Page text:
Thomas’ Five Ways are his noticing the sound of the knock, and concluding that Someone must therefore be on the other side of the door. But he is careful to say that, on our own rational power, we cannot know anything about what that Someone is like—so long, that is, as the door remains closed. Should this Someone open the door and step into the room, well, that would reveal to us a great deal which we could not otherwise know.
All this is on my mind this Advent, especially this year. We say each year that Advent is a season of preparation, expectation, and waiting on the Messiah. And our behavior changes accordingly.
There is a Christmas tree in the living room, for example, with presents under it. From this we might conclude that whoever lives in this house has family or friends with whom they expect to exchange gifts; this is the cause of the tree and gifts. We might further conclude that they love each other. And we might further observe that these creaturely actions of festive tree-decorating and affectionate gift-giving depend on a particular point in the calendar which human communities have been observing for centuries. So not only do these folks love each other now, but they are part of a much older historical community for whom this particular point in the calendar is important. And from this, in turn, we might arrive at something like the Church and the life of a man named Jesus.
This is so much knocking on the door. Clearly, Someone is waiting to come in. If we are wise, however, we will admit that for much of our lives, we have known very little about who this Knocking One is. We know a great deal more about gifts and decorated fir trees. We might even know a great deal more about Church History. (Or Thomas Aquinas, as the case may be.)
I don’t say that pejoratively; I like gifts and Christmas trees alongside everybody else (and I like Thomas Aquinas alongside a subset of far fewer people)! But we need to take our cues from Thomas: the signs we see in the world tell us that Someone is knocking, but they don’t tell us what that Someone is like. We have to wait on them to open the door in order to know that. When the door opens, One will enter who is not bound by the kinds of cause-and-effect which we see in the world around us. Instead,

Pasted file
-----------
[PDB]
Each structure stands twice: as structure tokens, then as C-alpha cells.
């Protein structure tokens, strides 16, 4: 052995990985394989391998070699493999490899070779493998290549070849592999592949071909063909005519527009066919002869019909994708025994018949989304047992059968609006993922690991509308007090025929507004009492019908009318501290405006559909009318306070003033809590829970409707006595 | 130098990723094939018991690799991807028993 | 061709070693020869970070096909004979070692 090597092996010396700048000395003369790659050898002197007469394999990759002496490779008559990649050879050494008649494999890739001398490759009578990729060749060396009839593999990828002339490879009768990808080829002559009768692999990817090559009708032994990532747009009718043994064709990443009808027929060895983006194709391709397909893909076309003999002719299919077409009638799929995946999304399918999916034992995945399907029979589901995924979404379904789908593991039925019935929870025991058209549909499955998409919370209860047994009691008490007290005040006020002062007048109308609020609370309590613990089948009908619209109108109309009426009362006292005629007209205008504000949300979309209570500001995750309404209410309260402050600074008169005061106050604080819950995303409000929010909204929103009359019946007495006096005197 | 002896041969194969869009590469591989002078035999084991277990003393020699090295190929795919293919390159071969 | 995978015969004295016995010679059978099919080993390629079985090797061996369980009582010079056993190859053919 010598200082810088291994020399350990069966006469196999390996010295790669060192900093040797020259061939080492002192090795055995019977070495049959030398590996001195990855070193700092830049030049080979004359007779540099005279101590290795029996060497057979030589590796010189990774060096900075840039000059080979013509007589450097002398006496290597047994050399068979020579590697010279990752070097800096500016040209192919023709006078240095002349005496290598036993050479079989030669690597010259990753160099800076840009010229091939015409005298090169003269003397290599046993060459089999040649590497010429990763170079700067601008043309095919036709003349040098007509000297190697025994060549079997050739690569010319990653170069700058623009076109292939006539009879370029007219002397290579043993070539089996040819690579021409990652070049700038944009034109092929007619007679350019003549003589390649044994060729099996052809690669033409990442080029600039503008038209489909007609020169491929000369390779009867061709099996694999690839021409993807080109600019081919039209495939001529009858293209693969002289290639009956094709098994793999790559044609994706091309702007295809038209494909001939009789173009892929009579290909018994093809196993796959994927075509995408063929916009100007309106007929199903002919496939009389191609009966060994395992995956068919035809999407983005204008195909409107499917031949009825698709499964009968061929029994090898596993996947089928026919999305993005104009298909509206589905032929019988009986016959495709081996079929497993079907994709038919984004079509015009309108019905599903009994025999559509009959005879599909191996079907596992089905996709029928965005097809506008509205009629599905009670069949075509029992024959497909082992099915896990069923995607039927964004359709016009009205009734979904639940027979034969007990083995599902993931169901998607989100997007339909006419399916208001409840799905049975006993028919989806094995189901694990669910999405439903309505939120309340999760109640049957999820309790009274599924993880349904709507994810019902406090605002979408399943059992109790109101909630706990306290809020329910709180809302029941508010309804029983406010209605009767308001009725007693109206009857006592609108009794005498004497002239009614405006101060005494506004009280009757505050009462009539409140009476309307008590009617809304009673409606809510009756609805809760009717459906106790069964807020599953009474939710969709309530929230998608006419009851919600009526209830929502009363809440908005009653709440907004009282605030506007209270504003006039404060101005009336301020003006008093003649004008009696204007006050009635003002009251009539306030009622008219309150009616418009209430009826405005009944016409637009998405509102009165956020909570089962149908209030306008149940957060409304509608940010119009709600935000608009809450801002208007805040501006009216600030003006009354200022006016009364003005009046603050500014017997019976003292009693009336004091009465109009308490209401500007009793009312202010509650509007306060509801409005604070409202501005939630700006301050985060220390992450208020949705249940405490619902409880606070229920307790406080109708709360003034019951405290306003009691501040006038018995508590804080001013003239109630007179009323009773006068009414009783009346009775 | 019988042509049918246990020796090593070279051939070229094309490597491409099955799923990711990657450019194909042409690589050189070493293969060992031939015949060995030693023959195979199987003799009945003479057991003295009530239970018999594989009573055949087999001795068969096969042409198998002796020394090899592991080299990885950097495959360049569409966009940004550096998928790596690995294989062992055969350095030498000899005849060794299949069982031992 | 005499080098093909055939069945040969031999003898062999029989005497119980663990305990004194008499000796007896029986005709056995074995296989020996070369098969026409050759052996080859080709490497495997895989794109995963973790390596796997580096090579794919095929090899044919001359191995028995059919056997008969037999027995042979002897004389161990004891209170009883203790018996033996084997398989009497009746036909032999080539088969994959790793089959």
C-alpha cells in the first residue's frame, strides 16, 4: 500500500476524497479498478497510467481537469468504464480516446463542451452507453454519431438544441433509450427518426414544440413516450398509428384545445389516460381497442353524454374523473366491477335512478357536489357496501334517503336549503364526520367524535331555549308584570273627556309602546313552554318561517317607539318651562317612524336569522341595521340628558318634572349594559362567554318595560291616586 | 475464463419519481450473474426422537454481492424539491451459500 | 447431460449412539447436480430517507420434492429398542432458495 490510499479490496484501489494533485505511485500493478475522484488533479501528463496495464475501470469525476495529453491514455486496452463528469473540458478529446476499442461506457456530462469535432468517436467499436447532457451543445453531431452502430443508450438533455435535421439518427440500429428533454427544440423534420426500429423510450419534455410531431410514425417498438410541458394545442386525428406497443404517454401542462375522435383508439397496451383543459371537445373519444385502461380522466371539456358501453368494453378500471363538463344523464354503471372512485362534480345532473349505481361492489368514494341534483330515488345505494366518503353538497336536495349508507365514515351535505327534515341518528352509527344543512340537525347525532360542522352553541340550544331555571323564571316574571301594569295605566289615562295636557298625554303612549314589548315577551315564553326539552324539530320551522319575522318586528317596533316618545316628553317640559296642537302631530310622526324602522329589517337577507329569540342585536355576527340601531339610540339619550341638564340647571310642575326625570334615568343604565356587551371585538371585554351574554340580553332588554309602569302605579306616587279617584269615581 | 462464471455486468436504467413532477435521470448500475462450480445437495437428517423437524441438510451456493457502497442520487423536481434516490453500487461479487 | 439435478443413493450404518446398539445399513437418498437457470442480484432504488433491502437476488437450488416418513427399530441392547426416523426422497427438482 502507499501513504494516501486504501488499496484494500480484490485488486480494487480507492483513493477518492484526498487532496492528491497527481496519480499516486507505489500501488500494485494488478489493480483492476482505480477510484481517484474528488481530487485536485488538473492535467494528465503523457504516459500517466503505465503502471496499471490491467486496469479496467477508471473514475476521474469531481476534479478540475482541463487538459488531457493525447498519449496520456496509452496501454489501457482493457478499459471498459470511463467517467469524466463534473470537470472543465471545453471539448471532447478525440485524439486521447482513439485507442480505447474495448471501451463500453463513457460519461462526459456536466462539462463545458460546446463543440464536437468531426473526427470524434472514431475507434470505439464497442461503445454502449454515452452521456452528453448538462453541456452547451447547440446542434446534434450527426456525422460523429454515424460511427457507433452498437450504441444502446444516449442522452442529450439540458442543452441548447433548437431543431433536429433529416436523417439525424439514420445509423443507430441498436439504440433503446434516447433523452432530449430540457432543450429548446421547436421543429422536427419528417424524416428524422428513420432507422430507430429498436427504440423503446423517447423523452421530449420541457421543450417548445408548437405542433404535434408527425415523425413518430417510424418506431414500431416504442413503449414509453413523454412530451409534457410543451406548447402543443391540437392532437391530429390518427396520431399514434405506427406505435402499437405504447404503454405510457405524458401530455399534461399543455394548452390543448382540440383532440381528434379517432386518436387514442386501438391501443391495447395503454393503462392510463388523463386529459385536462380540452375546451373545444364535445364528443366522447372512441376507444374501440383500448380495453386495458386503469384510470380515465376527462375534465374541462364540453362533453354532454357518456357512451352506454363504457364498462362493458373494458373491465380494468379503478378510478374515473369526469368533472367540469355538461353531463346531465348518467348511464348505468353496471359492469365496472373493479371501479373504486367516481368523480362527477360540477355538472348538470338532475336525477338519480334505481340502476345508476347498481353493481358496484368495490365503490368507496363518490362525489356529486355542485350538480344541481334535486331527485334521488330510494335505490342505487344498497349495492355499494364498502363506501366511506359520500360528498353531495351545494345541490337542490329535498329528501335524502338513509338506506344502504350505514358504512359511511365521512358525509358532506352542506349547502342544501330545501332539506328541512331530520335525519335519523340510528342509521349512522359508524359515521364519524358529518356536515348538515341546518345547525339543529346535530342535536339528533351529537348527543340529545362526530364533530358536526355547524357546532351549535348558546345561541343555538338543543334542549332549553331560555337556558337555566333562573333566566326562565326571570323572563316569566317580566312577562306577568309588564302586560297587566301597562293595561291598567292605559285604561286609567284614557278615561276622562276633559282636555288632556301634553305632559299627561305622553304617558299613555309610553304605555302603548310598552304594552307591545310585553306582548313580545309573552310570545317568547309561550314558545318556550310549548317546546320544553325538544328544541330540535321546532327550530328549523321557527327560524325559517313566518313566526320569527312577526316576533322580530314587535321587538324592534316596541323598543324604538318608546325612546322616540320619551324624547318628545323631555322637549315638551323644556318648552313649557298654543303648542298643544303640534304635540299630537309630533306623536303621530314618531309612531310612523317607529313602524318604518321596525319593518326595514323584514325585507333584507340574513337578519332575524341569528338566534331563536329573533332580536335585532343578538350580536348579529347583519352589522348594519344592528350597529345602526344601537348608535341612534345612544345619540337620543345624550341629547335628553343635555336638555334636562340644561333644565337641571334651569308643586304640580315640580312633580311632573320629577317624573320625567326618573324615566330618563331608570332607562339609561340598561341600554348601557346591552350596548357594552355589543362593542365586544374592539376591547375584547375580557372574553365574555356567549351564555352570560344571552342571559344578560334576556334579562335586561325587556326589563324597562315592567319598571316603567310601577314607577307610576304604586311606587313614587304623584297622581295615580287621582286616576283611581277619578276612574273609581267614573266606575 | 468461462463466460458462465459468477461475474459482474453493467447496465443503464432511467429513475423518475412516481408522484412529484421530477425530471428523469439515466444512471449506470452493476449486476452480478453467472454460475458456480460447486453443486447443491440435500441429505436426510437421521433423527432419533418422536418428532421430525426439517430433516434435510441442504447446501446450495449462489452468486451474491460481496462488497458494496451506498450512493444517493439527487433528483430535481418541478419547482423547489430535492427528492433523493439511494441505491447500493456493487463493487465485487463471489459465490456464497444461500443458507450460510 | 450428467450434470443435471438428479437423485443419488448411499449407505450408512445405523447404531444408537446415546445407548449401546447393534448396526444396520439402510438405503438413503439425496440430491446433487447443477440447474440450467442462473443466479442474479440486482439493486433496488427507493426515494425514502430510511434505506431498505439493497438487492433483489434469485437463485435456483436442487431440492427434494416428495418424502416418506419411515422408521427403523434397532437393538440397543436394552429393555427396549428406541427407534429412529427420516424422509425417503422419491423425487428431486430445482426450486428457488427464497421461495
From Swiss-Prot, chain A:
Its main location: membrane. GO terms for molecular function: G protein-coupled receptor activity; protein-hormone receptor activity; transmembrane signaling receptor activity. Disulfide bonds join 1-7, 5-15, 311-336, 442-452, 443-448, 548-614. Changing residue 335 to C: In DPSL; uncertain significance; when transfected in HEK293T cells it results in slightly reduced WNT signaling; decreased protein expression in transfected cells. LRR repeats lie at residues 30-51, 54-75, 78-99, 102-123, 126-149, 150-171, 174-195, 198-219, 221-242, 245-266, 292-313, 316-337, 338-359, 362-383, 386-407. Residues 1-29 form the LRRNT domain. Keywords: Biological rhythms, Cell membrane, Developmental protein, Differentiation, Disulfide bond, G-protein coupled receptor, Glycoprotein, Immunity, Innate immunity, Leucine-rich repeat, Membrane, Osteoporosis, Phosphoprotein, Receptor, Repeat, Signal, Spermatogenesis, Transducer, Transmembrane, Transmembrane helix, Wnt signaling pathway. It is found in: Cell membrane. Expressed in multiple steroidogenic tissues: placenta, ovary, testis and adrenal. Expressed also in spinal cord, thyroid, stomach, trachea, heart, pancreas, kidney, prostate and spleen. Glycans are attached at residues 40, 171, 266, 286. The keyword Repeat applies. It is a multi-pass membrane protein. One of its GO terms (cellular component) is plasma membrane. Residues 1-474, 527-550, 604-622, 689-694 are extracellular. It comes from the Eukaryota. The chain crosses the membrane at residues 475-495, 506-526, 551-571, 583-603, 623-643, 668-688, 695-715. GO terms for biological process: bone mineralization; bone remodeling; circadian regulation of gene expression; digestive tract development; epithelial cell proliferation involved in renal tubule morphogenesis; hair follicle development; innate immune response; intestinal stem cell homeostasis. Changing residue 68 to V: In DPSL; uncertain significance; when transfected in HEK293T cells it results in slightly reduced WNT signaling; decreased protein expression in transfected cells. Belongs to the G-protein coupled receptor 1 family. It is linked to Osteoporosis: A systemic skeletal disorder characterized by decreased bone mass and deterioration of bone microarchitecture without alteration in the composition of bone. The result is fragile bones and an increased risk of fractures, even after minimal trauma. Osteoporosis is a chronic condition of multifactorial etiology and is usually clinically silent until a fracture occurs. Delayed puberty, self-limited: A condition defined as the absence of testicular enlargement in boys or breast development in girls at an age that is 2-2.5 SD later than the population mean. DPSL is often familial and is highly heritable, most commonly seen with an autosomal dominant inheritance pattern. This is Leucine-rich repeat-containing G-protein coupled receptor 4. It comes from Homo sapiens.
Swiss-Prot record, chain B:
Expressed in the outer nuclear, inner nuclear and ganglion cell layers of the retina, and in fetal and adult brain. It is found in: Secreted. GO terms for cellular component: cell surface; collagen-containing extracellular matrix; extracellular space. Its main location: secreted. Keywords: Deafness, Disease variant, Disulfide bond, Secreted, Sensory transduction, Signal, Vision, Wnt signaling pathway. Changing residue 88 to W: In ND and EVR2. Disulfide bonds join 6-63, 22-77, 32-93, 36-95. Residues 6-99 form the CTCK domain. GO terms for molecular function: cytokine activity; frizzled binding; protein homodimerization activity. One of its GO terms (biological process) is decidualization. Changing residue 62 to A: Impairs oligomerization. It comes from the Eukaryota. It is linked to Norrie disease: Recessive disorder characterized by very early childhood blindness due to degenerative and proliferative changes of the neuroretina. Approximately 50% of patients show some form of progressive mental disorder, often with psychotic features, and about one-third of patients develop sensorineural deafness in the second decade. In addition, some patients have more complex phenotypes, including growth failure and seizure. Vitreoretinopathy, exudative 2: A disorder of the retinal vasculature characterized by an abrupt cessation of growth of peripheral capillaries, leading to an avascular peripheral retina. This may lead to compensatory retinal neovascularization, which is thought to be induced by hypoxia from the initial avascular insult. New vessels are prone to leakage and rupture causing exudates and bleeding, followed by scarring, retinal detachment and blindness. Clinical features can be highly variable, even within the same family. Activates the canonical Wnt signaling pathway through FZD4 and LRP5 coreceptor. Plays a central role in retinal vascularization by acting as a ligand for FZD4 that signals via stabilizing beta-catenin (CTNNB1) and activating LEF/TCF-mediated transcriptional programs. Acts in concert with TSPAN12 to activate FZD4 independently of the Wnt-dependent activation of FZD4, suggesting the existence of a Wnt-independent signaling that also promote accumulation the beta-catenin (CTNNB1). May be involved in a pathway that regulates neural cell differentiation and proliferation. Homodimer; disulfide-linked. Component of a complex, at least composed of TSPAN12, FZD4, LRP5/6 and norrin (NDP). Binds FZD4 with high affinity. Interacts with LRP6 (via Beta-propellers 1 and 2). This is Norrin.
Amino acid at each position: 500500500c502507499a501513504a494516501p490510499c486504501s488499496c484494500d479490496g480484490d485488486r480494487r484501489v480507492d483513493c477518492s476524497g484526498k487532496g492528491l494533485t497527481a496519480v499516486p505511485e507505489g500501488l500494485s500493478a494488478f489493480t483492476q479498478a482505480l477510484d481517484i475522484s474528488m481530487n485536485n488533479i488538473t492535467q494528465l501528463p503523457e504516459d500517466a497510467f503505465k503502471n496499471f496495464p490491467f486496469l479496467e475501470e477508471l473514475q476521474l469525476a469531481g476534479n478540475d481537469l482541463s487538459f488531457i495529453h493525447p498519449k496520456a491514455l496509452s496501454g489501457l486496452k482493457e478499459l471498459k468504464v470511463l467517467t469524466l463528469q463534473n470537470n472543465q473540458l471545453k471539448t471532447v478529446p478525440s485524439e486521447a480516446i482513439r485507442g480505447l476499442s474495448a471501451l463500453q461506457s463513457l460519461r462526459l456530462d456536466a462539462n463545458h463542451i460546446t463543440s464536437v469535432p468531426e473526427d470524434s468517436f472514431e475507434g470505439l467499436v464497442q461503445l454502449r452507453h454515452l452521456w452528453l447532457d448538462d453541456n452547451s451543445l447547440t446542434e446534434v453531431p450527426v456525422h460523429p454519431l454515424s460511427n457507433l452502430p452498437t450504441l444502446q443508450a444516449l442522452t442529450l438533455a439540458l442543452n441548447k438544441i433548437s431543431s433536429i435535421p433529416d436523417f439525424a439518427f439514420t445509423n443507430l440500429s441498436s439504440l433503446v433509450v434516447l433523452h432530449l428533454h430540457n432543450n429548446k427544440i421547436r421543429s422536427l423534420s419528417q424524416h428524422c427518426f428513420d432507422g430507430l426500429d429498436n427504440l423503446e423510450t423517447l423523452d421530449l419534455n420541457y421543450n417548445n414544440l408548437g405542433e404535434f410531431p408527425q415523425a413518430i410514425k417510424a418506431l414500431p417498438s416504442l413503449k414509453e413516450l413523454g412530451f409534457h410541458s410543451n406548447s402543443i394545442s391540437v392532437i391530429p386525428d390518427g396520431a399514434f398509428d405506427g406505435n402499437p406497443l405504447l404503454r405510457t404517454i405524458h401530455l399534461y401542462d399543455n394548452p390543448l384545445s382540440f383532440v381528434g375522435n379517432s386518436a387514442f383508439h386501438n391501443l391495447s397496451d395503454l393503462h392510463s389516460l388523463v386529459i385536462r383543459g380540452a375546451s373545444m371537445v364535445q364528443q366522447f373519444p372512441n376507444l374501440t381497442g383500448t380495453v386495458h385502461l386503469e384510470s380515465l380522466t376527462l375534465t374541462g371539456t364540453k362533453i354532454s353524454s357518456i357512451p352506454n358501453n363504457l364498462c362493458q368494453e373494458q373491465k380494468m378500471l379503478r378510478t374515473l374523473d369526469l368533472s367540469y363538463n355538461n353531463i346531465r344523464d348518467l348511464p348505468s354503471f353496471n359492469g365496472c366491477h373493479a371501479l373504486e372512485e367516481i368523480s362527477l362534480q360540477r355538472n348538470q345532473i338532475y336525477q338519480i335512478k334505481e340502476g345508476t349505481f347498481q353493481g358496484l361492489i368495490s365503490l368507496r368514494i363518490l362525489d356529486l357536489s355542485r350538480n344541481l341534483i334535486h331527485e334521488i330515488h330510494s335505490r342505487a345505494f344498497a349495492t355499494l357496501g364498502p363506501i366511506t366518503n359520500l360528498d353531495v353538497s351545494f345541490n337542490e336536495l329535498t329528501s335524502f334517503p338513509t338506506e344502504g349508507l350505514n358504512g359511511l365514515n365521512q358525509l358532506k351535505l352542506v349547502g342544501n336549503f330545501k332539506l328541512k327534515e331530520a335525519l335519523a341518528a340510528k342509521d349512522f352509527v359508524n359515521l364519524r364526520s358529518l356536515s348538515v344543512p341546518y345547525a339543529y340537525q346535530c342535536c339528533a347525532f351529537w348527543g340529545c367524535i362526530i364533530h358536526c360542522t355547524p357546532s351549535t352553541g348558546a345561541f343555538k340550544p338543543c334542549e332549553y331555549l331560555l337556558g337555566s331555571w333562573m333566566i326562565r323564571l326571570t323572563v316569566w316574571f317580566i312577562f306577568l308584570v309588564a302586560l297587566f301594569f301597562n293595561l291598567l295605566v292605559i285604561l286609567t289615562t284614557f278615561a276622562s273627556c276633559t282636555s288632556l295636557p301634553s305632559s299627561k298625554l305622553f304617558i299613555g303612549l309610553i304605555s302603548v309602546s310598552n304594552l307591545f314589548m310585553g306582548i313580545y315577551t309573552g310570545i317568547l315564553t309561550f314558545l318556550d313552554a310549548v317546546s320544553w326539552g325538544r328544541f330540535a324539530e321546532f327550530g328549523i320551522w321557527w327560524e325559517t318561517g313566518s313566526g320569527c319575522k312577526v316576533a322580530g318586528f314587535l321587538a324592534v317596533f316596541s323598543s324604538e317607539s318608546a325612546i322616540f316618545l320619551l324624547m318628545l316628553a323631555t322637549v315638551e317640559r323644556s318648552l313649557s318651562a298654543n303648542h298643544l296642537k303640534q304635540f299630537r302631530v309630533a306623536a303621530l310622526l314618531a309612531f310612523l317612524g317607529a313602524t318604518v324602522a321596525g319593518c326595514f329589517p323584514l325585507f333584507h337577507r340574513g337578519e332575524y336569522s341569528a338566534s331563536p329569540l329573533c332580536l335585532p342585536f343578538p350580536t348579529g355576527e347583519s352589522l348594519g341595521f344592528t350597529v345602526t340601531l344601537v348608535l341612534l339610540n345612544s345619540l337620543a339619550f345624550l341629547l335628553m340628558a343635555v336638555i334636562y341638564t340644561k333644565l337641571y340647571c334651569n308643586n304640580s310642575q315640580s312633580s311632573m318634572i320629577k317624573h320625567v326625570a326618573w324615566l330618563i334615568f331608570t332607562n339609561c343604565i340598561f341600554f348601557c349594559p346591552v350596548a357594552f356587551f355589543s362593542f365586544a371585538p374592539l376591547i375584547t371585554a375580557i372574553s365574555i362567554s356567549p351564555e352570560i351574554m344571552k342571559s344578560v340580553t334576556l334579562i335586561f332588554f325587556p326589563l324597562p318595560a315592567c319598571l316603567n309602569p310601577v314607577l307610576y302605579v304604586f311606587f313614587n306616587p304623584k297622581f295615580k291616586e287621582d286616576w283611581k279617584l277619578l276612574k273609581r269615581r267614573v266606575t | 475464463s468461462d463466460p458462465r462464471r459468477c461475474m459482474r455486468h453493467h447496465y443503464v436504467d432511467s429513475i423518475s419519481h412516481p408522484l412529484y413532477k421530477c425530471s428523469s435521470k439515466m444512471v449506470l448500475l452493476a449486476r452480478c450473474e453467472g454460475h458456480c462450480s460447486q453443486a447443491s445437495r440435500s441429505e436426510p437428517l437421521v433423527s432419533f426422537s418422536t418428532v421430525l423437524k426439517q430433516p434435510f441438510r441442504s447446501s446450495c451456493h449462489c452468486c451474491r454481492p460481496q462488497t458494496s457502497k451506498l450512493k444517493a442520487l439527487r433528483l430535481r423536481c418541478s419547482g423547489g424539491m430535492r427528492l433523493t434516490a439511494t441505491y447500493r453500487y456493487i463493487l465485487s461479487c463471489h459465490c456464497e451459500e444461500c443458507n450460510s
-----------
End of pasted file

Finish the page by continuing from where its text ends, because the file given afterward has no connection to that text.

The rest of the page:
the sun will be darkened,
and the moon will not give its light,
and the stars will be falling from heaven,
and the powers in the heavens will be shaken (Mark 13:24-25)
It’s always a bit jarring to read these Advent scriptures during the time of tinsel and Amazon sales. The gifts and the cookies and the trees always come alongside John the Baptist’s proclaiming the repentance of sins and Isaiah’s reminder that “All people are grass, their constancy is like the flower of the field. The grass withers, the flower fades, when the breath of the Lord blows upon it; surely the people are grass [and only] the word of our God will stand forever” (Isaiah 40:6-8). Fa la la la la, la-la, la la.
What I am realizing this year is that, not only do I know very little about the Knocking One, but I’ve never even been particularly good at listening to the Knock. The uncomfortable truth is that for Christians, these prophetic texts are part of the Knock. It’s just that usually, we hear them as a kind of interruption: quit that knocking out there, Whoever you are, we’ve got to get these cards in the mail and beat the rush at Target!
But this year is different. Everything in creation’s room is in disarray. It’s lonely. We’re anxious. We’re having to let go of our dependence on more perfect things like in-person community and the fullness of worship, and instead we are dependent for our physical safety on less perfect things like isolation and masks and Facebook and being outside in the cold. This year, when God knocks on the door of the universe, maybe we hear the voice of the prophets and think, oh thank God, we’re going mad in here. We’ll repent, turn to the Lord—whatever it takes, just get in here already!
This has been true for me, and I know it has been true for many of you, too. Marriages have fractured; some have fractured and begun to heal. Relationships to alcohol have been re-evaluated or ended completely. The griefs we have for so long refused have finally been grieved. Jobs have been lost and gained; still others have been revealed as hollow. Rest has come now that we’ve reckoned with the fact that our own strength and productivity were the very things wearing us down. In the absence of the usual levels of activity around us, we are realizing that we’ve always been asleep to our own desires. Or waiting on someone else to handle the important things for us.